In line with the club’s football direction, the policy to revitalise players and sell them to other clubs for a better price has brought the club direct cash to help reduce its debt. There seems to be perfect coordination between financial and technical areas when it comes to selling players for cash. The club receives money which helps reorganise finances after which it is Manuel Salvador’s task to find a replacement to keep the squad from weakening.
Such was the case for Felipe Caicedo and Arouna Koné. Caicedo was bought from Manchester City for £1 million. One season later, after scoring 13 goals, Caicedo was sold to Lokomotiv Moscow for £8 million. A similar case is Koné’s; the Ivorian came to the club on a free after impressing on loan and was sold a year later to Wigan Athletic for £5 million. Vicente Iborra, whose contract expired in June 2014 with no intention to extend it, was sold to Sevilla for £5.5 million.
Rational finances and brilliant football management have helped Levante reduce their debt 25% since 2009 which is no small feat, as president Quico Catalán explained to Levante Emv.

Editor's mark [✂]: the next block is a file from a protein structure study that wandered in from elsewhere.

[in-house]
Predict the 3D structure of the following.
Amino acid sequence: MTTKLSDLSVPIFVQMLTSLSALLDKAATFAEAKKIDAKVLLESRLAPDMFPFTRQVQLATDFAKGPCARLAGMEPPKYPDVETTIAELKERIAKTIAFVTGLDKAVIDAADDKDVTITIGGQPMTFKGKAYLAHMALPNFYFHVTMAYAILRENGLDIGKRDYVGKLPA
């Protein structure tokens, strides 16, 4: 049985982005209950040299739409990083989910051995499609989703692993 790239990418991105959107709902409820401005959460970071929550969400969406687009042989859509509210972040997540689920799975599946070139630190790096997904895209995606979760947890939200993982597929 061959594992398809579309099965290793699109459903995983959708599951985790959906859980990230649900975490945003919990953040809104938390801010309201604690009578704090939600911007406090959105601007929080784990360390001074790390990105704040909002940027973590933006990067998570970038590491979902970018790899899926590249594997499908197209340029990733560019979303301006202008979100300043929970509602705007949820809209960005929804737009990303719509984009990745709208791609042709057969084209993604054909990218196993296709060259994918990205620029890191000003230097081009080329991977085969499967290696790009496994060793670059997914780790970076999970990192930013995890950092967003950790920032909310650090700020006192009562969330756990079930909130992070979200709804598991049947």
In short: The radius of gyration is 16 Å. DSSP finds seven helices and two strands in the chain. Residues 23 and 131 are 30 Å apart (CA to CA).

New sources of income. As with every elite club in the world, one of Levante’ sources of income is its contracts with sponsors. At the moment, Levante UD has signed sponsorship deals with beer maker Amstel, Coca-Cola, Comunitat Valenciana (Valencia Regional Government), Kelme, Volkswagen and Valencia Terra i Mar, as per club’s website.
Similarly, the club receives income from match day (the Stadium Cuitat de Valencia capacity is 26,354 and an averaged attendance of roughly 15,500 spectators), TV rights and merchandising.
Since the very first day they took over the club and focused on its critical finances, Quico Catalán and his team have introduced more discipline and rationality, to operate the club within its means, to promote responsible spending and to ensure the long run viability and sustainability of the club for the sake of the fans.